29. 29. Clarity of Purpose for the Risk Management Processes 29 14. Risk
  30. 30.  There are many terms used in risk management that have common and overlapping meanings – Risk – Uncertainty – Probability – Confidence – Statistical percent  Many times these words are used without actually understanding what they mean 30 Terminology in Risk Management 14. Risk
  31. 31.  Not known for sure  Not a precise value – varies in some way  Absence of information  Not possible to know  Changeable  Is a probabilistic process 31 What is Uncertainty? 14. Risk
  32. 32.  Why classify? – Different types of uncertainties may require different approaches to identify and manage – Assessment context may require a particular classification – Separate assessment and / or presentation of different types of uncertainty may aid understanding  Various classifications are available for different purposes  Classifications are not unique or exhaustive – Be aware of overlaps and omissions 32 Classifying Uncertainty 14. Risk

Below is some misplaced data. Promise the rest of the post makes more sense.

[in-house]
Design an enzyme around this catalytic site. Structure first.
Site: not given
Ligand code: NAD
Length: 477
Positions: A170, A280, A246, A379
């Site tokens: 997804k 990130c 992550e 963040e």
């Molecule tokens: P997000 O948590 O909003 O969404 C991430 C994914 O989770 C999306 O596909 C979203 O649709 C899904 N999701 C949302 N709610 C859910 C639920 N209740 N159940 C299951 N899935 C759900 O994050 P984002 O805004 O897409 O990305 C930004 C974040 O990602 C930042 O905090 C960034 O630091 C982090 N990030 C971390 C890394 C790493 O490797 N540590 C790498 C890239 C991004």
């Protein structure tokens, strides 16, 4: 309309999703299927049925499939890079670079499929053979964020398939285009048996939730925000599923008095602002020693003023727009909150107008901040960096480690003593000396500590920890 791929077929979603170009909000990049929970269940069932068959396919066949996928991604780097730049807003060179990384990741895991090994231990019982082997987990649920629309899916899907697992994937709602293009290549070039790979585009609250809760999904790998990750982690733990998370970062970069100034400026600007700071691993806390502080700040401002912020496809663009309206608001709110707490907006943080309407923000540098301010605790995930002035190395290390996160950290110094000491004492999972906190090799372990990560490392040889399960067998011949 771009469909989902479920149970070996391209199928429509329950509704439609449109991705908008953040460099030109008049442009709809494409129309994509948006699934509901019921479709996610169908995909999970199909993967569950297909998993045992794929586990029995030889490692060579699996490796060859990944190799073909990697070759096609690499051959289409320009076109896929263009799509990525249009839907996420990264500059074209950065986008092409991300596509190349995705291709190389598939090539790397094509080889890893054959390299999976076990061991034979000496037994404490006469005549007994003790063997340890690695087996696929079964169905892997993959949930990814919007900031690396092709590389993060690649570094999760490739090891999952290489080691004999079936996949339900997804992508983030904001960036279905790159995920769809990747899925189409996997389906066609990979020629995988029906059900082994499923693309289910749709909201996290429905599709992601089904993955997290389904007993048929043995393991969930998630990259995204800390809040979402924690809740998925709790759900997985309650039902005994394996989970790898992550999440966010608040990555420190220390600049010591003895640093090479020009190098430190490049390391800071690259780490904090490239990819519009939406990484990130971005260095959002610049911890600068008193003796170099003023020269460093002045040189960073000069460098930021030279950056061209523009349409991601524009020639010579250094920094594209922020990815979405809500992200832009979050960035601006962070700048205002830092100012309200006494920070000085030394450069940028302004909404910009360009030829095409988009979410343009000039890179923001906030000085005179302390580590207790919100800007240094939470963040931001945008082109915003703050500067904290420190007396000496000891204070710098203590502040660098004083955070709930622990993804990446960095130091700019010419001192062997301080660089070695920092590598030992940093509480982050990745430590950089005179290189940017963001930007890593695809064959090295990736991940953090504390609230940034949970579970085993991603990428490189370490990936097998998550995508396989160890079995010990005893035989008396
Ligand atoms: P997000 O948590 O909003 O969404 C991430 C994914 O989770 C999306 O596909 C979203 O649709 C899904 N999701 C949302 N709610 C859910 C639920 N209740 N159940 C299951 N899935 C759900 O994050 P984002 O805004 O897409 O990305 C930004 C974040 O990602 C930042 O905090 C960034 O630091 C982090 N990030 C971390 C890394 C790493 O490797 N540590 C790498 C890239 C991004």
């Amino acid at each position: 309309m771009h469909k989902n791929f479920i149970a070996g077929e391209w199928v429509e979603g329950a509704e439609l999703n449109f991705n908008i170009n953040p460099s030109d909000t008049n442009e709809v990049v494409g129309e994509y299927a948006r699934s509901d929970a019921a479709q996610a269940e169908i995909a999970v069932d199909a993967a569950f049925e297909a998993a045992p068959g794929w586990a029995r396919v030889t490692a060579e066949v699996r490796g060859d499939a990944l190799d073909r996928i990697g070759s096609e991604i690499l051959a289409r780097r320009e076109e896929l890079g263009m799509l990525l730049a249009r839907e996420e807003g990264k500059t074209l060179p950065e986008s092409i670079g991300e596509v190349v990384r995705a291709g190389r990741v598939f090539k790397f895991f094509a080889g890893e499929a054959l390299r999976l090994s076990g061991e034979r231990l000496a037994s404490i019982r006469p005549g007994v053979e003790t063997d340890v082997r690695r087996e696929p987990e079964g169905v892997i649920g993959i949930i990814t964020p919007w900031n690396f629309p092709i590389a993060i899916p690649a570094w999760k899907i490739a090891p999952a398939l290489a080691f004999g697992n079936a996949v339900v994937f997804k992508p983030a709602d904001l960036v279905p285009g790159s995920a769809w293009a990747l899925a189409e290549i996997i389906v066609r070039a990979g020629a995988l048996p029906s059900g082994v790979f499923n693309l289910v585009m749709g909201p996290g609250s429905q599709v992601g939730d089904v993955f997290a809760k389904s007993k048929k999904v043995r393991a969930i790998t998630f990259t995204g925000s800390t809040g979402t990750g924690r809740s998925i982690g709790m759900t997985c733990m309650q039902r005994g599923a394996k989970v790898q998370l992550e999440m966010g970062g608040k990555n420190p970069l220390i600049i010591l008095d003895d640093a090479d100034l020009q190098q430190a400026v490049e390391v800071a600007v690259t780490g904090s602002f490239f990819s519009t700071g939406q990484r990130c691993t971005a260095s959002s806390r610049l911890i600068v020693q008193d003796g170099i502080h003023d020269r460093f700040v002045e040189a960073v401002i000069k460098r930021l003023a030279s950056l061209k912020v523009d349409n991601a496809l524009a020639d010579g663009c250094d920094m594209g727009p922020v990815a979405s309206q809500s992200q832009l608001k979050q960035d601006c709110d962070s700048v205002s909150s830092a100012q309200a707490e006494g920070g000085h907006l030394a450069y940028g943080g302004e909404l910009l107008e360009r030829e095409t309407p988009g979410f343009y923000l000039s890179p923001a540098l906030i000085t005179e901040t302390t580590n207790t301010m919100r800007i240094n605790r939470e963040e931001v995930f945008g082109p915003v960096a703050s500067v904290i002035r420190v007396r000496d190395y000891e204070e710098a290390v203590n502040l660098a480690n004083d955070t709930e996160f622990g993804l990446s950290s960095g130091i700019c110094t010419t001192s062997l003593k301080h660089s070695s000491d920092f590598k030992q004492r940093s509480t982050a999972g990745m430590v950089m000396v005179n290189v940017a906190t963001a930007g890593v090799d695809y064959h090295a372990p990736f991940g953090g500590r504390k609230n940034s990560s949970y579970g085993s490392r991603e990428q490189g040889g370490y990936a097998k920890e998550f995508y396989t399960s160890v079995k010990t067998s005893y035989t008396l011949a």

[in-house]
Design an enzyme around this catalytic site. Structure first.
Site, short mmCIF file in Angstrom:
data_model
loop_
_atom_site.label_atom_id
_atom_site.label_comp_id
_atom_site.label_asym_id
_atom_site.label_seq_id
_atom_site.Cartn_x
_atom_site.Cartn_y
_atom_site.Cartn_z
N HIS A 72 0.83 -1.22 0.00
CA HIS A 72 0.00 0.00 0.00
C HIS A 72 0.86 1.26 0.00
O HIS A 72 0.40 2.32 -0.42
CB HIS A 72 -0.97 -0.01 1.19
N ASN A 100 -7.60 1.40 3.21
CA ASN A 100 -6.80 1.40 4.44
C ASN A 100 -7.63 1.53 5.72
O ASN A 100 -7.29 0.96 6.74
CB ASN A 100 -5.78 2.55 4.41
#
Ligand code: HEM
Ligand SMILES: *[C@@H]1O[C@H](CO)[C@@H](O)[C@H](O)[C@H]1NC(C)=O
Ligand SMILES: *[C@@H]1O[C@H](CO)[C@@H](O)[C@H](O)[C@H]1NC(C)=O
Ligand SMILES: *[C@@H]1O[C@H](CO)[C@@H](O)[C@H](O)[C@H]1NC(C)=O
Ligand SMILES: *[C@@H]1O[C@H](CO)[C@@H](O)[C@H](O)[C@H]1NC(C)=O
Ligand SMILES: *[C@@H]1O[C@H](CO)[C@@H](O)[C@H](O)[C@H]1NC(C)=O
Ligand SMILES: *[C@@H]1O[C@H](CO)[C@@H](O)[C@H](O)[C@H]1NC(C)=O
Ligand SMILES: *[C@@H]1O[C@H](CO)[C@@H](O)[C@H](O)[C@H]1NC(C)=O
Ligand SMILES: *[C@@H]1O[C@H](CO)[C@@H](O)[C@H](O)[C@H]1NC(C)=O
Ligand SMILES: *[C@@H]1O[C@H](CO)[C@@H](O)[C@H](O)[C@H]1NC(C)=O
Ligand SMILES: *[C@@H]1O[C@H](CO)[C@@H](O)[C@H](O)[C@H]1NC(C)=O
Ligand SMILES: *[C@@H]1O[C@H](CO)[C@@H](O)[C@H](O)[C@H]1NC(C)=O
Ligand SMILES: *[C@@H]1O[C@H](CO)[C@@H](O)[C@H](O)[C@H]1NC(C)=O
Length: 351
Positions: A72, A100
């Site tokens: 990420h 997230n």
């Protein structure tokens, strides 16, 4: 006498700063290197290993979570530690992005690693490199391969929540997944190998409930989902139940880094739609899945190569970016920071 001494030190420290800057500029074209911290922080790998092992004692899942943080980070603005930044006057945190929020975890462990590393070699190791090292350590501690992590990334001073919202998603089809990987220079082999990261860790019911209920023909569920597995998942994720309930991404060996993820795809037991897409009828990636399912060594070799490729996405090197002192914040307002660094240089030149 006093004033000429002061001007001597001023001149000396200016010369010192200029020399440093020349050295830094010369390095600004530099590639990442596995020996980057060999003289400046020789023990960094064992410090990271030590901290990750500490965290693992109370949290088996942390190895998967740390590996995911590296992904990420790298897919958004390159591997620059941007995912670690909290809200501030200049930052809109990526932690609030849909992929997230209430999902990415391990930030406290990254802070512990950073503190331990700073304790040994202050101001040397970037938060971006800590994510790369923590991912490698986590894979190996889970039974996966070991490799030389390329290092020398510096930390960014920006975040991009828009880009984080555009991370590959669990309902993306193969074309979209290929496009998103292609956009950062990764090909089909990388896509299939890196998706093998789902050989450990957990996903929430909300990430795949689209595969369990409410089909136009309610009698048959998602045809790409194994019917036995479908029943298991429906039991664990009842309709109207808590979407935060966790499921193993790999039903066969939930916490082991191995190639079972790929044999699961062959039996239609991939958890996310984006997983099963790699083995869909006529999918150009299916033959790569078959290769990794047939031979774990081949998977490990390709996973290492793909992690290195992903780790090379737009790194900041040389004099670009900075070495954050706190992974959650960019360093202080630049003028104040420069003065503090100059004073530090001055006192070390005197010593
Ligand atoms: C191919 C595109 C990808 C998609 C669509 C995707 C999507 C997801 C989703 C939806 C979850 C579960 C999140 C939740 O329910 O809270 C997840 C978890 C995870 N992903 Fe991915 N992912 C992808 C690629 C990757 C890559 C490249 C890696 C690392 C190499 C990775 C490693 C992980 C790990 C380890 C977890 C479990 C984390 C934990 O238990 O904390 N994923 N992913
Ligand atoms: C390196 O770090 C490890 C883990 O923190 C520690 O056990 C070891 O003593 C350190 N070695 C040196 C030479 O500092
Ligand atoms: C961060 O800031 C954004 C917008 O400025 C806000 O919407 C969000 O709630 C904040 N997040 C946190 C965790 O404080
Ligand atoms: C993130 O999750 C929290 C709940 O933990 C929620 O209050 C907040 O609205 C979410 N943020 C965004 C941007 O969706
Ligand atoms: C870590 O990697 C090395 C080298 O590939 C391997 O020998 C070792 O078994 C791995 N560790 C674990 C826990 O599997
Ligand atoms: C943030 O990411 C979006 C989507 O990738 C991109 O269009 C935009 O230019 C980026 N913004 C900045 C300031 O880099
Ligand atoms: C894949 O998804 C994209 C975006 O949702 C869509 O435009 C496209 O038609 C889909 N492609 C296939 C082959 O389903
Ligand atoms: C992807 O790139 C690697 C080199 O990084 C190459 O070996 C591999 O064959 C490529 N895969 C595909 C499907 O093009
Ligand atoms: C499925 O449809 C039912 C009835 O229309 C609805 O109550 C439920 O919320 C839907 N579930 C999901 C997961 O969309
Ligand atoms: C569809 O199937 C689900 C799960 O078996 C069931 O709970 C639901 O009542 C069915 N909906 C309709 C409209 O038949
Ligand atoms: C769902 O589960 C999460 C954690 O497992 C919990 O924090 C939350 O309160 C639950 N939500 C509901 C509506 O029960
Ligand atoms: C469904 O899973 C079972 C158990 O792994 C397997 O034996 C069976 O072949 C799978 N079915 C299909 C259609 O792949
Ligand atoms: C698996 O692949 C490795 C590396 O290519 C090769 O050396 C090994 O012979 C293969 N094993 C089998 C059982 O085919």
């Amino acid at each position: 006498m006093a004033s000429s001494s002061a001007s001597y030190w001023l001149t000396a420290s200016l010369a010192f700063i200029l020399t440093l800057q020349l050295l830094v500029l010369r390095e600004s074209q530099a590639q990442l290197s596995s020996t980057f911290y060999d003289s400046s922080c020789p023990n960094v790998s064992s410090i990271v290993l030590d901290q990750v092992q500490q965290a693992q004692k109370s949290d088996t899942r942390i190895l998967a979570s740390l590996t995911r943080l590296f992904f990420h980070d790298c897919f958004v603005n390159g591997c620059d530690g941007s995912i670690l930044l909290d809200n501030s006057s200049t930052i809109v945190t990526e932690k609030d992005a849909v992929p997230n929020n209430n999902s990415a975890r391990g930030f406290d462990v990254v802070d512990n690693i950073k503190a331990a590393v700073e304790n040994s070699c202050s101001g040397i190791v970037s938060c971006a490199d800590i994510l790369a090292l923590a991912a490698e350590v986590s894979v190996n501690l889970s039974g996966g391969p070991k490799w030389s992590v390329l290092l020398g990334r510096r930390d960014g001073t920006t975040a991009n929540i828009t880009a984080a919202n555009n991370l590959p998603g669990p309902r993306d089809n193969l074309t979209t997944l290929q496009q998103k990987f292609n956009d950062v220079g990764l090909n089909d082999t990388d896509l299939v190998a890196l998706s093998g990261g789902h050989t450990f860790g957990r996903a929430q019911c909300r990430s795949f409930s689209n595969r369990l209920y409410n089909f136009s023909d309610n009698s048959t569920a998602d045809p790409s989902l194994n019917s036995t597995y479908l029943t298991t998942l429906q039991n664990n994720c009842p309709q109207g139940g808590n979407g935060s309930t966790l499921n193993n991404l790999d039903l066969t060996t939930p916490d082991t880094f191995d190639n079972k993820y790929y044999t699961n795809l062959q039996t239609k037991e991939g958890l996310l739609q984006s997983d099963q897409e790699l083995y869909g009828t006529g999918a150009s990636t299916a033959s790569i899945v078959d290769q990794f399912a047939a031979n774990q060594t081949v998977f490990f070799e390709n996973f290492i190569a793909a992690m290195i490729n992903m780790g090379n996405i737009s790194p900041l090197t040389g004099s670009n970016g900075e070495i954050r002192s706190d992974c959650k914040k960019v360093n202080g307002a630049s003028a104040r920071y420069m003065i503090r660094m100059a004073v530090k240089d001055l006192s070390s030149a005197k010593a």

33. 33. “Probability is the most important concept in modern science, especially as nobody has the slightest notion of what it means.” – Bertrand Russell, 1929 33 14. Risk
  34. 34. A QUICK PROCESS CHECK With definitions of Naturally Occurring and Event Based uncertainty and their creation of their related classes of risk, let’s confirm our understanding of these concepts before proceeding to put them to work. 34 14.3 14. Risk
  35. 35. A Quick Process Check 35 For example… The probability of a leakage in a process plant is a risk. This risk event is subject to uncertainty, but the risk concept is restricted to the event ‘leakage’ – the uncertainties and how people judge the uncertainties constitute a different domain. Risk Results from both Natural Uncertainty and Probabilistic Events 14. Risk